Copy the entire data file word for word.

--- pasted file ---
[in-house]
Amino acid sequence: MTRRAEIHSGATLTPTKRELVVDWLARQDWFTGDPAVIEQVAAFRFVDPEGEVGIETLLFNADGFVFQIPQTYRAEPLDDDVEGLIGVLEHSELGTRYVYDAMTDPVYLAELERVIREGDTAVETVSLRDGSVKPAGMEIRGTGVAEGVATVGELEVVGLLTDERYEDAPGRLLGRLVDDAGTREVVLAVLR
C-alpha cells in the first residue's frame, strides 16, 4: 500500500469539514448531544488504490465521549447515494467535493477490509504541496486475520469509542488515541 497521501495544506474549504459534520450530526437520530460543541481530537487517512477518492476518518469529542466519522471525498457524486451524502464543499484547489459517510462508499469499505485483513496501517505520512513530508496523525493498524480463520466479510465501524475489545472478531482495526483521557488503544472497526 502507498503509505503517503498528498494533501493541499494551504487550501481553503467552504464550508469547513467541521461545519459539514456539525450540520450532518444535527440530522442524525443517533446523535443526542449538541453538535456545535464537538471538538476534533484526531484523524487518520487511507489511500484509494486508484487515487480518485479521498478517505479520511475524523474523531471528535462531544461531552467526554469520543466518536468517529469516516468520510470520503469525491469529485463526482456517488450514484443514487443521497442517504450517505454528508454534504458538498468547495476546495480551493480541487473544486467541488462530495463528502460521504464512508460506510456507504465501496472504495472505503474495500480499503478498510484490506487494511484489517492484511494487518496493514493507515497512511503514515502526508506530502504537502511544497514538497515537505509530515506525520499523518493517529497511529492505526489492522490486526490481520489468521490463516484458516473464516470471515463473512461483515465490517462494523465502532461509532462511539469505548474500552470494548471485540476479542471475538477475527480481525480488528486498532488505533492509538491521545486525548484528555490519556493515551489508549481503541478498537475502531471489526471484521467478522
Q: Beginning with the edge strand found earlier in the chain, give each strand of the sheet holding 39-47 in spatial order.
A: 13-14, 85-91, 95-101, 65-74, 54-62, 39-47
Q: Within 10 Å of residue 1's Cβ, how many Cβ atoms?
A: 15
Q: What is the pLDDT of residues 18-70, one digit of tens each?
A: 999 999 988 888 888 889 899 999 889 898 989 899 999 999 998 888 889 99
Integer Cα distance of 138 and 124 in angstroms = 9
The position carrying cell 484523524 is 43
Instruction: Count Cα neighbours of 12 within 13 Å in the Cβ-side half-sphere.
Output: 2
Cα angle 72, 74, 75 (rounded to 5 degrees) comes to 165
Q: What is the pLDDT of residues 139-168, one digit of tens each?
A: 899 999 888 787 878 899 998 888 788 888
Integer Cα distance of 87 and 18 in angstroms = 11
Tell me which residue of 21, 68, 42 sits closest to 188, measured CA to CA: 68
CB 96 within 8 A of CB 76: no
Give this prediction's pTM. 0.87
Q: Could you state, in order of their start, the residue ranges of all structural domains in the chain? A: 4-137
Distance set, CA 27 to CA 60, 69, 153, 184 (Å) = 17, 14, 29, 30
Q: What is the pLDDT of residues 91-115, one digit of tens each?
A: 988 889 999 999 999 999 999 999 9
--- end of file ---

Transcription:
[in-house]
Amino acid sequence: MTRRAEIHSGATLTPTKRELVVDWLARQDWFTGDPAVIEQVAAFRFVDPEGEVGIETLLFNADGFVFQIPQTYRAEPLDDDVEGLIGVLEHSELGTRYVYDAMTDPVYLAELERVIREGDTAVETVSLRDGSVKPAGMEIRGTGVAEGVATVGELEVVGLLTDERYEDAPGRLLGRLVDDAGTREVVLAVLR
C-alpha cells in the first residue's frame, strides 16, 4: 500500500469539514448531544488504490465521549447515494467535493477490509504541496486475520469509542488515541 497521501495544506474549504459534520450530526437520530460543541481530537487517512477518492476518518469529542466519522471525498457524486451524502464543499484547489459517510462508499469499505485483513496501517505520512513530508496523525493498524480463520466479510465501524475489545472478531482495526483521557488503544472497526 502507498503509505503517503498528498494533501493541499494551504487550501481553503467552504464550508469547513467541521461545519459539514456539525450540520450532518444535527440530522442524525443517533446523535443526542449538541453538535456545535464537538471538538476534533484526531484523524487518520487511507489511500484509494486508484487515487480518485479521498478517505479520511475524523474523531471528535462531544461531552467526554469520543466518536468517529469516516468520510470520503469525491469529485463526482456517488450514484443514487443521497442517504450517505454528508454534504458538498468547495476546495480551493480541487473544486467541488462530495463528502460521504464512508460506510456507504465501496472504495472505503474495500480499503478498510484490506487494511484489517492484511494487518496493514493507515497512511503514515502526508506530502504537502511544497514538497515537505509530515506525520499523518493517529497511529492505526489492522490486526490481520489468521490463516484458516473464516470471515463473512461483515465490517462494523465502532461509532462511539469505548474500552470494548471485540476479542471475538477475527480481525480488528486498532488505533492509538491521545486525548484528555490519556493515551489508549481503541478498537475502531471489526471484521467478522
Q: Beginning with the edge strand found earlier in the chain, give each strand of the sheet holding 39-47 in spatial order.
A: 13-14, 85-91, 95-101, 65-74, 54-62, 39-47
Q: Within 10 Å of residue 1's Cβ, how many Cβ atoms?
A: 15
Q: What is the pLDDT of residues 18-70, one digit of tens each?
A: 999 999 988 888 888 889 899 999 889 898 989 899 999 999 998 888 889 99
Integer Cα distance of 138 and 124 in angstroms = 9
The position carrying cell 484523524 is 43
Instruction: Count Cα neighbours of 12 within 13 Å in the Cβ-side half-sphere.
Output: 2
Cα angle 72, 74, 75 (rounded to 5 degrees) comes to 165
Q: What is the pLDDT of residues 139-168, one digit of tens each?
A: 899 999 888 787 878 899 998 888 788 888
Integer Cα distance of 87 and 18 in angstroms = 11
Tell me which residue of 21, 68, 42 sits closest to 188, measured CA to CA: 68
CB 96 within 8 A of CB 76: no
Give this prediction's pTM. 0.87
Q: Could you state, in order of their start, the residue ranges of all structural domains in the chain? A: 4-137
Distance set, CA 27 to CA 60, 69, 153, 184 (Å) = 17, 14, 29, 30
Q: What is the pLDDT of residues 91-115, one digit of tens each?
A: 988 889 999 999 999 999 999 999 9